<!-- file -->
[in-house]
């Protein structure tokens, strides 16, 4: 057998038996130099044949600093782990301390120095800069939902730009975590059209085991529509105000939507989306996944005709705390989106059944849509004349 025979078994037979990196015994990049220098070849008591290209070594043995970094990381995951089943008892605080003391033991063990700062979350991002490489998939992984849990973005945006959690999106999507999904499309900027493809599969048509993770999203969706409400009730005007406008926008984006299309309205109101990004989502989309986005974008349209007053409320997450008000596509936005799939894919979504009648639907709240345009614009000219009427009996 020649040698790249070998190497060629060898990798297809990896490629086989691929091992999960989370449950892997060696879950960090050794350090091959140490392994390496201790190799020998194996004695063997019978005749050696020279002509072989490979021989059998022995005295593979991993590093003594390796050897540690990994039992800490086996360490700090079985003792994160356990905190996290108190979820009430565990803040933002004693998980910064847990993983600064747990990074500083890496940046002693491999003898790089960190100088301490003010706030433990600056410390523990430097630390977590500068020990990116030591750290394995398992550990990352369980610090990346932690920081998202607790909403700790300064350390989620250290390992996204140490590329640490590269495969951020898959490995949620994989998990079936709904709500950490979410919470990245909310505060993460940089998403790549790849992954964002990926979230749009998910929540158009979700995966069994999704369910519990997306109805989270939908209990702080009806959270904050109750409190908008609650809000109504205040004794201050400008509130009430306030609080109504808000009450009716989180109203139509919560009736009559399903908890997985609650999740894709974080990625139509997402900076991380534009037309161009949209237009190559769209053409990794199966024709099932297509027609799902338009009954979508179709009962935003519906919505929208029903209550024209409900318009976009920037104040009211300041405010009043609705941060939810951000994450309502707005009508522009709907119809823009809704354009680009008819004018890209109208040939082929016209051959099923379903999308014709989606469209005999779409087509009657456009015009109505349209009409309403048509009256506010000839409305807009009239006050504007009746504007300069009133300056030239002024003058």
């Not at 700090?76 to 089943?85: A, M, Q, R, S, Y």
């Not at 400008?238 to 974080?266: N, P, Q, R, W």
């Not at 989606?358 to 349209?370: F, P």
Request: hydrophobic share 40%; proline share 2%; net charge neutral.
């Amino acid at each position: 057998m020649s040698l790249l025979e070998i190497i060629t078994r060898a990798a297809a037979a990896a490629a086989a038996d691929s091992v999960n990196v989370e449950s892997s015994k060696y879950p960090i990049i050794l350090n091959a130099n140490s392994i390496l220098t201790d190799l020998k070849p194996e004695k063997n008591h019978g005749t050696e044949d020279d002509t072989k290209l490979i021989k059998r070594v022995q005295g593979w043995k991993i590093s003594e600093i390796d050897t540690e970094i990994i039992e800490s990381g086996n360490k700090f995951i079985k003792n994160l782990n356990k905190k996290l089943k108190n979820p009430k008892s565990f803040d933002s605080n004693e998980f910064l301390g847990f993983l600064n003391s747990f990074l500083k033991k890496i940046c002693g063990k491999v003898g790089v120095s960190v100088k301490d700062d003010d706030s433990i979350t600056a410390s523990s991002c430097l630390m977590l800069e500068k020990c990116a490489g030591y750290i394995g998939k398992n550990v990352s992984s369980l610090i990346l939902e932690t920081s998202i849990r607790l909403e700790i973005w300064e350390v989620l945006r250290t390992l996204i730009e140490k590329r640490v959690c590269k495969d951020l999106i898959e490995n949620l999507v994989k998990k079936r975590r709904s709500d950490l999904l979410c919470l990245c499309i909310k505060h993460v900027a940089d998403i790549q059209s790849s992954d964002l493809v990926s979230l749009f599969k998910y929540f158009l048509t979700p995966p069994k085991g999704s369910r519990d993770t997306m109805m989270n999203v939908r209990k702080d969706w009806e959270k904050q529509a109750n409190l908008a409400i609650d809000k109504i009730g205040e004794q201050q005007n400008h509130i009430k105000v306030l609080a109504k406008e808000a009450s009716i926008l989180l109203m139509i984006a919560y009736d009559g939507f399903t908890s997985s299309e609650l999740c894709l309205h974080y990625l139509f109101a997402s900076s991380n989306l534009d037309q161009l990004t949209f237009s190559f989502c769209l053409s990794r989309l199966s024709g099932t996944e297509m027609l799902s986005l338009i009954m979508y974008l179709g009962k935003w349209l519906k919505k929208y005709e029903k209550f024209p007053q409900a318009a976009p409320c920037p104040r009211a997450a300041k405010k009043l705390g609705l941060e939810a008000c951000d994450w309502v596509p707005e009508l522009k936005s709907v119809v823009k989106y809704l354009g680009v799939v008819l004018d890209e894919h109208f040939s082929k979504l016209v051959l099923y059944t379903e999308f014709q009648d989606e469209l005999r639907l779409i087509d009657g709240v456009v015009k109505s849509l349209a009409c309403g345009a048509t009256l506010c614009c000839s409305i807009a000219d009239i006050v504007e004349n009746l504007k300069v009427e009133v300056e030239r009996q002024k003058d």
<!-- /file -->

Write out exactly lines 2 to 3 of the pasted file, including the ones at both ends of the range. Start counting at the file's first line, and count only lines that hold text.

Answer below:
């Protein structure tokens, strides 16, 4: 057998038996130099044949600093782990301390120095800069939902730009975590059209085991529509105000939507989306996944005709705390989106059944849509004349 025979078994037979990196015994990049220098070849008591290209070594043995970094990381995951089943008892605080003391033991063990700062979350991002490489998939992984849990973005945006959690999106999507999904499309900027493809599969048509993770999203969706409400009730005007406008926008984006299309309205109101990004989502989309986005974008349209007053409320997450008000596509936005799939894919979504009648639907709240345009614009000219009427009996 020649040698790249070998190497060629060898990798297809990896490629086989691929091992999960989370449950892997060696879950960090050794350090091959140490392994390496201790190799020998194996004695063997019978005749050696020279002509072989490979021989059998022995005295593979991993590093003594390796050897540690990994039992800490086996360490700090079985003792994160356990905190996290108190979820009430565990803040933002004693998980910064847990993983600064747990990074500083890496940046002693491999003898790089960190100088301490003010706030433990600056410390523990430097630390977590500068020990990116030591750290394995398992550990990352369980610090990346932690920081998202607790909403700790300064350390989620250290390992996204140490590329640490590269495969951020898959490995949620994989998990079936709904709500950490979410919470990245909310505060993460940089998403790549790849992954964002990926979230749009998910929540158009979700995966069994999704369910519990997306109805989270939908209990702080009806959270904050109750409190908008609650809000109504205040004794201050400008509130009430306030609080109504808000009450009716989180109203139509919560009736009559399903908890997985609650999740894709974080990625139509997402900076991380534009037309161009949209237009190559769209053409990794199966024709099932297509027609799902338009009954979508179709009962935003519906919505929208029903209550024209409900318009976009920037104040009211300041405010009043609705941060939810951000994450309502707005009508522009709907119809823009809704354009680009008819004018890209109208040939082929016209051959099923379903999308014709989606469209005999779409087509009657456009015009109505349209009409309403048509009256506010000839409305807009009239006050504007009746504007300069009133300056030239002024003058």
């Not at 700090?76 to 089943?85: A, M, Q, R, S, Y």